Non-issue. No, very big issue. Yeah, you know what? I think a lot of- I think there’s been some amazing strides made throughout the world as far as LGBT rights, and visibility, and I think it’s so, so, so freakin’ important that we also recognize though that there are- most places in the world are still really quite cruel, and dismissive, and abusive to the LGBT communities in their countries. And so you know, I kind of have this guilt complex a little bit because I feel like I kind of ‘made it out.’ You know? And I’m lucky enough to be here in- I wouldn’t even say in the US, because there’s definitely places in the US that are quite atrocious when it comes to the treatment of LGBT folks. But I would say I’m very thankful to be in California, is as much as I would say. But I do know that there’s a lot of my sisters and brothers suffering there in the Middle East, and they certainly are trying to pave their own way over there, and express themselves through art and film, and push boundaries through activism. But it’s definitely not- it’s definitely not safe, and it’s a very sad situation. And I feel like we make- over there in the Middle East we make like two steps forward, like five steps back kind of a deal. Like sometimes you’ll hear fantastic stories of organizations, and talk shows that want to broach the subject, or films that might have a character that- you know especially coming out of North Africa, there have been some fantastic films that are really- showcased some great LGBT characters. But then you know, you hear about raids, and you know, and really big injustices happening over there. So it’s- you know-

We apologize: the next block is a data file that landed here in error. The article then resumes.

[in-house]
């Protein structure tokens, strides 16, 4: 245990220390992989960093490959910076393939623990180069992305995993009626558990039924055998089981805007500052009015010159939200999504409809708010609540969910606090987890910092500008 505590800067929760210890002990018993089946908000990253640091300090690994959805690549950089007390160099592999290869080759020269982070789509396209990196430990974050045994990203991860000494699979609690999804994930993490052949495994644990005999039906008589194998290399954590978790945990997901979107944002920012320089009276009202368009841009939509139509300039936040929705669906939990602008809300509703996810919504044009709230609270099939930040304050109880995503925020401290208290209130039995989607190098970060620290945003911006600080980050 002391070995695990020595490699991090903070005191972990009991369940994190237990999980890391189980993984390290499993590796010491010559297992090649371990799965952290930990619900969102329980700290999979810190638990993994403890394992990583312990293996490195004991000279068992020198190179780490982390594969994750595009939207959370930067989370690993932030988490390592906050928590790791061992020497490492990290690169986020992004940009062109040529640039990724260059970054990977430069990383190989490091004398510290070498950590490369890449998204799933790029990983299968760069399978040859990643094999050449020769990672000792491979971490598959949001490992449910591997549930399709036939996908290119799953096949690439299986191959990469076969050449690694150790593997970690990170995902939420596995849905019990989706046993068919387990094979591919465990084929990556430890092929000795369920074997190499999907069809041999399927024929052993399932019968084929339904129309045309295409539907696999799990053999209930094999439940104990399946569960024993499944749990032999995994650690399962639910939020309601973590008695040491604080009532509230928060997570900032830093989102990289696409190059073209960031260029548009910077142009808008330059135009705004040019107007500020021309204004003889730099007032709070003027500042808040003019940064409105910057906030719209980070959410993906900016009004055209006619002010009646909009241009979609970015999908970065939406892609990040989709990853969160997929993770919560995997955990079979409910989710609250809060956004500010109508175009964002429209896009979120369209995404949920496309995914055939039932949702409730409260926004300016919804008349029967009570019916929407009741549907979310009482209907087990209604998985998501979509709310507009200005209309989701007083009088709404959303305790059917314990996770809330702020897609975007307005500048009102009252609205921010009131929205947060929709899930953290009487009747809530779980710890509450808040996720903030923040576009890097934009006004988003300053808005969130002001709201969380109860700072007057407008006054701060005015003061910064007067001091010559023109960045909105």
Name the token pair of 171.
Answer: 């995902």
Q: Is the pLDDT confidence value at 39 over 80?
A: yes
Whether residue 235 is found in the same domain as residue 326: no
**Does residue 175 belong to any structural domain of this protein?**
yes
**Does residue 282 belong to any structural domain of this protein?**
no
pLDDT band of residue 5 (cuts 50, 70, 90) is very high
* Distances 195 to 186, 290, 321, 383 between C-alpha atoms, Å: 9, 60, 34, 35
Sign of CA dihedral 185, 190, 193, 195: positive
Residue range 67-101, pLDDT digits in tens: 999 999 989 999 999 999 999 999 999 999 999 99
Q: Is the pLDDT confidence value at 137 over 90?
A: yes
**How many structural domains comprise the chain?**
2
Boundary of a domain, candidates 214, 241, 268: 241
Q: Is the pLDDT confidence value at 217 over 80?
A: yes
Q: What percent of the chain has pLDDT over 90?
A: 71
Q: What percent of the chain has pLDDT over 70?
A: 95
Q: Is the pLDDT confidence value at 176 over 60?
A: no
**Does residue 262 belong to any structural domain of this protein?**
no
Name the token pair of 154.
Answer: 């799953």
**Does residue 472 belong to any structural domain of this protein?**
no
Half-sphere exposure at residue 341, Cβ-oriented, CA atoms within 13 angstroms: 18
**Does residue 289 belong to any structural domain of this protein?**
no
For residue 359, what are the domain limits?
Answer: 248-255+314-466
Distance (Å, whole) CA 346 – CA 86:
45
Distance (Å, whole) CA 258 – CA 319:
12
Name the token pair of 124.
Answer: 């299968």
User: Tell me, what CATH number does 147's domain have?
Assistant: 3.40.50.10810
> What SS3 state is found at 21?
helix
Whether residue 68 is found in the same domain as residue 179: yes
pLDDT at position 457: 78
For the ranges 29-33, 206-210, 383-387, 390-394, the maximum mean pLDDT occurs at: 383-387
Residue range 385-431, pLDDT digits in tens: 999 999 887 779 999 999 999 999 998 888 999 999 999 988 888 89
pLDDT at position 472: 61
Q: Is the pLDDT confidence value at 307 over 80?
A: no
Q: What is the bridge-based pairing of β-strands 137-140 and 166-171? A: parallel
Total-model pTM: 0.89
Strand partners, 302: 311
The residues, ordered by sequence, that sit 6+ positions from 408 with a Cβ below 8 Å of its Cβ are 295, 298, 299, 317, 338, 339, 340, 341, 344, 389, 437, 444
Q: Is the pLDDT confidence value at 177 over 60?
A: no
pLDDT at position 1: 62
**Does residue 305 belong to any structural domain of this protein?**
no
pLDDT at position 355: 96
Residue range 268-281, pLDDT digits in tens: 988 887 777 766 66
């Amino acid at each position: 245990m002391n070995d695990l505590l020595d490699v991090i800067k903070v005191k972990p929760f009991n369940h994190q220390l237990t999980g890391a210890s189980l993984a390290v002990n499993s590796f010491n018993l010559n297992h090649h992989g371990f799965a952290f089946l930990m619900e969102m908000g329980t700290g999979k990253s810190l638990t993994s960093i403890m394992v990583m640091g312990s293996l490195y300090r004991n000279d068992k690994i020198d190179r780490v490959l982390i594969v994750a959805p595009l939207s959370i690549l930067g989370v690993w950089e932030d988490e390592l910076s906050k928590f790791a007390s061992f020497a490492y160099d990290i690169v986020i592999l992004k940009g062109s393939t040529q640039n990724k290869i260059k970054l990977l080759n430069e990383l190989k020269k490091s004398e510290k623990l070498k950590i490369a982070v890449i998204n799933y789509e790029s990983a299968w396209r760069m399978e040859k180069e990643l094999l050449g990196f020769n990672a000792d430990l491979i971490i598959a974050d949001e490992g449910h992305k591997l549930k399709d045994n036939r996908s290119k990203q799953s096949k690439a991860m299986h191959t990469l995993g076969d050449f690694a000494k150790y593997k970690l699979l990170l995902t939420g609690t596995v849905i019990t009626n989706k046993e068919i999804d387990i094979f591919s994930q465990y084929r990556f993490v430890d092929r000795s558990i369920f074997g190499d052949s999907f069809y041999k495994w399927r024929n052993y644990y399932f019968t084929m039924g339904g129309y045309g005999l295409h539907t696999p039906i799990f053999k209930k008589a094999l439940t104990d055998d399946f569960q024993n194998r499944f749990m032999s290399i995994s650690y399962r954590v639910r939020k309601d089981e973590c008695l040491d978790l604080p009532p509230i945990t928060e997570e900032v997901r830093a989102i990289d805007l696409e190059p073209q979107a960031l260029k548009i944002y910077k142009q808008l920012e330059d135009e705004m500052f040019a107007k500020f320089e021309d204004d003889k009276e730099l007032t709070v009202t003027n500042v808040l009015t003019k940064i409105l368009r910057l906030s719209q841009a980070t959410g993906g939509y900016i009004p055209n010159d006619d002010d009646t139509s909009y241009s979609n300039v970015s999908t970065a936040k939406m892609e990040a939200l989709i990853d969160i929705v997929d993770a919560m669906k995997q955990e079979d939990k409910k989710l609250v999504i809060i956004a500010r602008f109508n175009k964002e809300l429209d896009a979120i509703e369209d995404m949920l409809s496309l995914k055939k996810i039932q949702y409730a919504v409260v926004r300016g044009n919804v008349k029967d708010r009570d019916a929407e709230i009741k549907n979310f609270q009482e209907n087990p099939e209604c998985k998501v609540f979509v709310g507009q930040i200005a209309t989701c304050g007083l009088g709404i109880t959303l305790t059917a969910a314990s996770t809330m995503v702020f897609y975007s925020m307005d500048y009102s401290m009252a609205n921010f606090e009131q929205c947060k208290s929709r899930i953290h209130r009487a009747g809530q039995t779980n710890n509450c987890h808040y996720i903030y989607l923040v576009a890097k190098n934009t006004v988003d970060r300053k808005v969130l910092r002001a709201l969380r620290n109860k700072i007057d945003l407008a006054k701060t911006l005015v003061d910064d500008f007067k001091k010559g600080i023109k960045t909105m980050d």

Jenn T Grace: